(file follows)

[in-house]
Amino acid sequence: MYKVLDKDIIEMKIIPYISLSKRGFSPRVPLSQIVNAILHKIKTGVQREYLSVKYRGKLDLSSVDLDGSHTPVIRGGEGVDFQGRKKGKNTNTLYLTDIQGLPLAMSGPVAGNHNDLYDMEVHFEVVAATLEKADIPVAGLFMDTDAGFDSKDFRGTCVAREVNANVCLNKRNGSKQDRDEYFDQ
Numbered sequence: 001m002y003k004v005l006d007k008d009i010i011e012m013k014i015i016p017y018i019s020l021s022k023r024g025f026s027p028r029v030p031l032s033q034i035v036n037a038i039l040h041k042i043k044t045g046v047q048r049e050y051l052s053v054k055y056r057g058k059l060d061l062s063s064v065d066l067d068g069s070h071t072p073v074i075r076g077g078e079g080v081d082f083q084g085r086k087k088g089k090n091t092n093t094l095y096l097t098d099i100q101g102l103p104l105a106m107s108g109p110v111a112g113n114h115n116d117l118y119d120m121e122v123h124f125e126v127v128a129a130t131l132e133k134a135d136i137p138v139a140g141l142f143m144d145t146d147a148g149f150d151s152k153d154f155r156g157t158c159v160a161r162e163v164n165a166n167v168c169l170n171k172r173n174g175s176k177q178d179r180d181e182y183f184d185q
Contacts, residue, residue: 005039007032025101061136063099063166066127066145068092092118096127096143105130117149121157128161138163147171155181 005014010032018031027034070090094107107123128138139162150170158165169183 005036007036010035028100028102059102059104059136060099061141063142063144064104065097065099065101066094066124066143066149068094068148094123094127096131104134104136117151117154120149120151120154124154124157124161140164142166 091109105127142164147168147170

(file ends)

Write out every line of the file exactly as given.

[in-house]
Amino acid sequence: MYKVLDKDIIEMKIIPYISLSKRGFSPRVPLSQIVNAILHKIKTGVQREYLSVKYRGKLDLSSVDLDGSHTPVIRGGEGVDFQGRKKGKNTNTLYLTDIQGLPLAMSGPVAGNHNDLYDMEVHFEVVAATLEKADIPVAGLFMDTDAGFDSKDFRGTCVAREVNANVCLNKRNGSKQDRDEYFDQ
Numbered sequence: 001m002y003k004v005l006d007k008d009i010i011e012m013k014i015i016p017y018i019s020l021s022k023r024g025f026s027p028r029v030p031l032s033q034i035v036n037a038i039l040h041k042i043k044t045g046v047q048r049e050y051l052s053v054k055y056r057g058k059l060d061l062s063s064v065d066l067d068g069s070h071t072p073v074i075r076g077g078e079g080v081d082f083q084g085r086k087k088g089k090n091t092n093t094l095y096l097t098d099i100q101g102l103p104l105a106m107s108g109p110v111a112g113n114h115n116d117l118y119d120m121e122v123h124f125e126v127v128a129a130t131l132e133k134a135d136i137p138v139a140g141l142f143m144d145t146d147a148g149f150d151s152k153d154f155r156g157t158c159v160a161r162e163v164n165a166n167v168c169l170n171k172r173n174g175s176k177q178d179r180d181e182y183f184d185q
Contacts, residue, residue: 005039007032025101061136063099063166066127066145068092092118096127096143105130117149121157128161138163147171155181 005014010032018031027034070090094107107123128138139162150170158165169183 005036007036010035028100028102059102059104059136060099061141063142063144064104065097065099065101066094066124066143066149068094068148094123094127096131104134104136117151117154120149120151120154124154124157124161140164142166 091109105127142164147168147170